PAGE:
Florence and Alexandra share Florence’s house. Their 70 year age gap and the warmth of their friendship captured people’s imaginations: 18 million people so far who have viewed a 2 minute film. Following Homeshare’s inclusion in a report on intergenerational approaches by our friends at United for All Ages, they told their story on BBC Radio 4’s Today programme. Homeshare is on the radar like never before and people are talking about the scourge of loneliness as far away as Canada. We’ve been on numerous national media channels and approached by potential partners, a funder, politicians and even a possible celebrity supporter.
Stories have never had so much power to change the world. A single person’s story can reach millions in moments. A single story can become scores, then hundreds of stories, then a social movement, almost overnight. It can mark the point at which a whole society changes how it thinks and feels about some of the most fundamental aspects of life: the way we relate to each other, the way power is distributed and used.
Meanwhile, the economic forces of our modern world can feel as pitiless as they ever had, excluding increasing numbers of us from the jobs, or housing, or education we need for a good life.
In recent months and years, we have seen our political systems, with all their supporting apparatus of bureaucracies and services, fail to manage and control both those kinds of forces. Social movements, based in people’s life experiences and how they feel about things, have caused election upsets and ended powerful careers. Those forces have shifted politics rapidly rightwards in some places and rapidly leftwards in others. Globalised economic forces have changed the housing and career expectations of a whole generation. Brexit could be read as the clash between economic prosperity as measured at a national level, and many people’s dissatisfaction with how they felt about their own life stories, their own power within that globalised economy.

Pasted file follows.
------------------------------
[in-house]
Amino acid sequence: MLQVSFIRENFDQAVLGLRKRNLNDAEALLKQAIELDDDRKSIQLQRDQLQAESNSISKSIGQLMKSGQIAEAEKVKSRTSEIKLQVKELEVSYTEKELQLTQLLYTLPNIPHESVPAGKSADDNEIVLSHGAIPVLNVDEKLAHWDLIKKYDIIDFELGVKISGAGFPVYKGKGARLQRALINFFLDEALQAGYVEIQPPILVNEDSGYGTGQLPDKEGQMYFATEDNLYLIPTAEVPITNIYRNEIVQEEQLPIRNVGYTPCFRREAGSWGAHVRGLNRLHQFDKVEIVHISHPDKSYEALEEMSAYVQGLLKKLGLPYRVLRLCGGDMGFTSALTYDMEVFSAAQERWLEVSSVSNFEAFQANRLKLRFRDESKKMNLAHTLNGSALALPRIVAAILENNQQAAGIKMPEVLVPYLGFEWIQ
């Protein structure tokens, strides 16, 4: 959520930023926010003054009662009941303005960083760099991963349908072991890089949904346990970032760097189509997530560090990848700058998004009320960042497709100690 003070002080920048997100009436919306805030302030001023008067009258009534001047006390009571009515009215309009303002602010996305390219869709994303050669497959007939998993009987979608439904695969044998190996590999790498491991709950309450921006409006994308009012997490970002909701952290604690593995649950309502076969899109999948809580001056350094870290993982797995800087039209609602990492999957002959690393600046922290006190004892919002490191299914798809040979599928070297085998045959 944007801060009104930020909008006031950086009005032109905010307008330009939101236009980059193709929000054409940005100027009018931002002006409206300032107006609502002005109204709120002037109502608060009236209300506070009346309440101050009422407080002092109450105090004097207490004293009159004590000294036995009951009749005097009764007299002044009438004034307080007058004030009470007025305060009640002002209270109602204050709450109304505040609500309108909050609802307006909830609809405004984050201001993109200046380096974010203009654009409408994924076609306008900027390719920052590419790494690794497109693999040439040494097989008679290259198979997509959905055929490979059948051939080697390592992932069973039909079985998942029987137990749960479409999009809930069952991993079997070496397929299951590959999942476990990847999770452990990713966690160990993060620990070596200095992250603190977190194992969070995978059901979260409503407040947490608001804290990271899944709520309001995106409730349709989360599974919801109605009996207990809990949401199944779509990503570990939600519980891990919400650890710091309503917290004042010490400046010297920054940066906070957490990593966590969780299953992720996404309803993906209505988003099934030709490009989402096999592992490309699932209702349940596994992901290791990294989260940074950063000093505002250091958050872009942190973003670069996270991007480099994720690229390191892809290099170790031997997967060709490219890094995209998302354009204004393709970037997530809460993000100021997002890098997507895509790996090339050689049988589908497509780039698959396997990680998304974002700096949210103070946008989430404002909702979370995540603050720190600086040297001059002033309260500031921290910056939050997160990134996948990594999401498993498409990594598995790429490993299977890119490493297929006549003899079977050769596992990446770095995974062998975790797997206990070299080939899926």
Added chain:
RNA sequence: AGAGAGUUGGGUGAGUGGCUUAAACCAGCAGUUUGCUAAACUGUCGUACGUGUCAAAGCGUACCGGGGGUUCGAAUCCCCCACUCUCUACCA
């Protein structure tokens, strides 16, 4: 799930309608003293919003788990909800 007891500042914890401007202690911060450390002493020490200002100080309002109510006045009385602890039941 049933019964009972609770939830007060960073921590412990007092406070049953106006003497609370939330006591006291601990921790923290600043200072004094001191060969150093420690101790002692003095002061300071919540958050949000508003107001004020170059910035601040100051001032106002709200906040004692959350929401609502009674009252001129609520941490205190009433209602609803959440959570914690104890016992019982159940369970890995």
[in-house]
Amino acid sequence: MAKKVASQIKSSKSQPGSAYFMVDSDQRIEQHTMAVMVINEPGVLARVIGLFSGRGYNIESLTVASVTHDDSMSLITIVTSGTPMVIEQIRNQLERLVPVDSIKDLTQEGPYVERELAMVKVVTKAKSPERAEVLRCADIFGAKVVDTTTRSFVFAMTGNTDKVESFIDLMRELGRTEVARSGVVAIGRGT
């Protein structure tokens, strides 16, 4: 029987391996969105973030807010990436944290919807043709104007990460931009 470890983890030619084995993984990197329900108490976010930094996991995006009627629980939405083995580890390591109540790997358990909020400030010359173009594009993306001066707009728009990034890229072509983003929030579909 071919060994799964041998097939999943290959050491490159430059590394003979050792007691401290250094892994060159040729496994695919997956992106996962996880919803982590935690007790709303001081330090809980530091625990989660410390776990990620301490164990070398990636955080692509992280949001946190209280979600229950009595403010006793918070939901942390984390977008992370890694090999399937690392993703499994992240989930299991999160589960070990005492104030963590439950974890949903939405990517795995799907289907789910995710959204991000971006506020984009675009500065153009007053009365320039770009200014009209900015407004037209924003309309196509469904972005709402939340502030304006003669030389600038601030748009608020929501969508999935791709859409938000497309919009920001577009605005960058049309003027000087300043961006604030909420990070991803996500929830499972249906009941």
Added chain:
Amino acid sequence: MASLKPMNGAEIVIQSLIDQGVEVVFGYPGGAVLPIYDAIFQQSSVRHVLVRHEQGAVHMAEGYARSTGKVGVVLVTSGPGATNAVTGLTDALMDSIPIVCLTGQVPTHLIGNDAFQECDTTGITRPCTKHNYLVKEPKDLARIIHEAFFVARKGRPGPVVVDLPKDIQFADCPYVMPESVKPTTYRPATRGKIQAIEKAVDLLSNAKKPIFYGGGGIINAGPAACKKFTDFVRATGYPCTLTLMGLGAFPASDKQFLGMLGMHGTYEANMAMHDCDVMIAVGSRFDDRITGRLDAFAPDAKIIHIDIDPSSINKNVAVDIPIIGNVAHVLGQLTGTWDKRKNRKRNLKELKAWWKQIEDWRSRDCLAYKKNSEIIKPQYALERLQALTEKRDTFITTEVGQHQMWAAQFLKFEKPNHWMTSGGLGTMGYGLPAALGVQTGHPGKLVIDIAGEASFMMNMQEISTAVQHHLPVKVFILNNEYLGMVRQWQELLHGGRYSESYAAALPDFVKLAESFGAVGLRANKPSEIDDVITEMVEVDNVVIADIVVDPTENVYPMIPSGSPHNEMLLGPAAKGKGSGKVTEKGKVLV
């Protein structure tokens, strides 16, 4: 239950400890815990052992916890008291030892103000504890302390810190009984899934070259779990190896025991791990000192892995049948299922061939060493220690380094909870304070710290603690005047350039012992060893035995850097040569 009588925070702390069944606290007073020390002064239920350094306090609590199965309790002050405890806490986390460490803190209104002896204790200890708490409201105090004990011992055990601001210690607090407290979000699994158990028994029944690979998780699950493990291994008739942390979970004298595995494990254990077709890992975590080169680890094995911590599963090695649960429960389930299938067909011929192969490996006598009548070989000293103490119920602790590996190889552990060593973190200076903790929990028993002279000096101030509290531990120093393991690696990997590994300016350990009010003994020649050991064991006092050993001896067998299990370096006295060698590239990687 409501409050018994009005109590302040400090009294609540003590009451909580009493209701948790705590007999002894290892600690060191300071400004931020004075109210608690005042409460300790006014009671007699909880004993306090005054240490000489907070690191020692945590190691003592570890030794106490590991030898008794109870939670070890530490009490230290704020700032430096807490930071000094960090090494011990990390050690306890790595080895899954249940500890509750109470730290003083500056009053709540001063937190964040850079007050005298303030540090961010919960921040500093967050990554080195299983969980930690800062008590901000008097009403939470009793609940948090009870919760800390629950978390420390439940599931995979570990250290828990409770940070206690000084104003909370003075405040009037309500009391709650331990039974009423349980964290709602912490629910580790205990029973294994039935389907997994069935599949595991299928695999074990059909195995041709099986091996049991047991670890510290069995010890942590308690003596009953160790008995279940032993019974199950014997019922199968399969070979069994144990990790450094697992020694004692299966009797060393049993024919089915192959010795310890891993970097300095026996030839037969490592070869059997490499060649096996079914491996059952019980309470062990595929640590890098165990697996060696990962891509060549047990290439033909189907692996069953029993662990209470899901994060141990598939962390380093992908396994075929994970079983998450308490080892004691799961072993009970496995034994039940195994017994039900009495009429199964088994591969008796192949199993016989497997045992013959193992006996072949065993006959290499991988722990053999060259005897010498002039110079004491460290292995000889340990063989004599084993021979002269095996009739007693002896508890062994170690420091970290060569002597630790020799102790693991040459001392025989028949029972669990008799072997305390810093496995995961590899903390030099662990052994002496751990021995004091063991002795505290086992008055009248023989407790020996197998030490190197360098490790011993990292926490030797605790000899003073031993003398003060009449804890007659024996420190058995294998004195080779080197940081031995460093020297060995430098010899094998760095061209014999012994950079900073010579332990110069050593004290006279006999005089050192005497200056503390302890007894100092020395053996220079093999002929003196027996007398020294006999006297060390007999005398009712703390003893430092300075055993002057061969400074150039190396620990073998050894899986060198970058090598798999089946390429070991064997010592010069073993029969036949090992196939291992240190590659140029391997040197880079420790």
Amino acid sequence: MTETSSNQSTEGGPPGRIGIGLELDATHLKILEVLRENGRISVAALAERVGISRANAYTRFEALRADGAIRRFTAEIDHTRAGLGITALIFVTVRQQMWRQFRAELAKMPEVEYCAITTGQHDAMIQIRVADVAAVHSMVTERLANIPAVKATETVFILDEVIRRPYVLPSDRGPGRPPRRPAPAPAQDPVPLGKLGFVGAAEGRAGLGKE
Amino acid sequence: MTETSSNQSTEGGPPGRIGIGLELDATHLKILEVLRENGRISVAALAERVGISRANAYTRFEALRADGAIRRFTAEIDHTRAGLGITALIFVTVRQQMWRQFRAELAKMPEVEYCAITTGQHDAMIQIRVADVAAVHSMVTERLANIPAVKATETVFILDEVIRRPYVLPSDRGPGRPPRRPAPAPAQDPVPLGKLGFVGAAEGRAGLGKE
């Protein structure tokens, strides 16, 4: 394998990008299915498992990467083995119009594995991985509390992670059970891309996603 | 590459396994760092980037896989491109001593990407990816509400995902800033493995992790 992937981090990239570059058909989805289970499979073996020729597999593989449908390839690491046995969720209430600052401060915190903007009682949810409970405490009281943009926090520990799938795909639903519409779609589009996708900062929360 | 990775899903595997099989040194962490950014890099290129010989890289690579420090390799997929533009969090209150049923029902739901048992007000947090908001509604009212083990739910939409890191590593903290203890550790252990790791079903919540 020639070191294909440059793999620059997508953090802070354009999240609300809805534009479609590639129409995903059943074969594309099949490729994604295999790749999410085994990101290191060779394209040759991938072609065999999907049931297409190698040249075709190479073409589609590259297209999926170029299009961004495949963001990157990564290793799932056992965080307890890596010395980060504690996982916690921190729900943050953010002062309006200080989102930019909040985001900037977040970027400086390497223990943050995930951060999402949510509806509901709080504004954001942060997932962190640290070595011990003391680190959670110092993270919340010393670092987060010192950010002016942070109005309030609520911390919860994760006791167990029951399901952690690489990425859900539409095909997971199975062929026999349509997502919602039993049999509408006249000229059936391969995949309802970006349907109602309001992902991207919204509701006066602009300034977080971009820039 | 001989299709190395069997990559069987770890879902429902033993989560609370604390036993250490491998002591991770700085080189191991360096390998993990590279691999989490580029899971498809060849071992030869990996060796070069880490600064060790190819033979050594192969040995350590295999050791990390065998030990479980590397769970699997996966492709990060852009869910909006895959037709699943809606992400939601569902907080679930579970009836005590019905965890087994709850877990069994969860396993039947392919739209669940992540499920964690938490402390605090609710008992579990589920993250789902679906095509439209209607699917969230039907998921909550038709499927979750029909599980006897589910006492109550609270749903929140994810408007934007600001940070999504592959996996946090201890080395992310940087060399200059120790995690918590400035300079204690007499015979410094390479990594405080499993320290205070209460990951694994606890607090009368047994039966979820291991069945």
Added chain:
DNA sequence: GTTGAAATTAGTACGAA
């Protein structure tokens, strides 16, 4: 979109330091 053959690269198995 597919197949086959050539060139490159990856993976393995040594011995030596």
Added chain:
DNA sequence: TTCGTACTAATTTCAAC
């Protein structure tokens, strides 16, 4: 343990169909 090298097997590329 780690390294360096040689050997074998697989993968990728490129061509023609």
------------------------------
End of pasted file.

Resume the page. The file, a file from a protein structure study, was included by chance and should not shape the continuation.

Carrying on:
Nowhere are the economics of modern life more brutal than in the economies of our long term care and support services. Nowhere is there a greater gap between the national stories government can tell about increased funding and people’s personal stories of greater crises and vanishing support. The translation of those stories into a social movement could be moments away. Everyone connected with public services is worried about them collapsing under the economic pressures of austerity. Those pressures are exacerbated in some parts of the system by the ability of large corporations to continue to extract profits from even the most broken economic models. It is equally likely though, in my view, that what breaks the settlement we have between voters and welfare state is a social movement, born out of personal stories of unacceptable care, miserable living, or unacceptable working conditions.
Our public service systems and organisations could not be less well prepared for that possibility. The courage and determination of the Justice for LB campaign, and others like it, have started to show us what can happen when people refuse to have their individual experiences dismissed by those who seem to feel the immediate interests of public service organisations are more important than the welfare of the people those organisations were set up to serve.
There is a chasm between what the public are told their public services are there to do, and far too many people’s experiences of them. We have a choice: to bridge that chasm or see our public services tumble into it.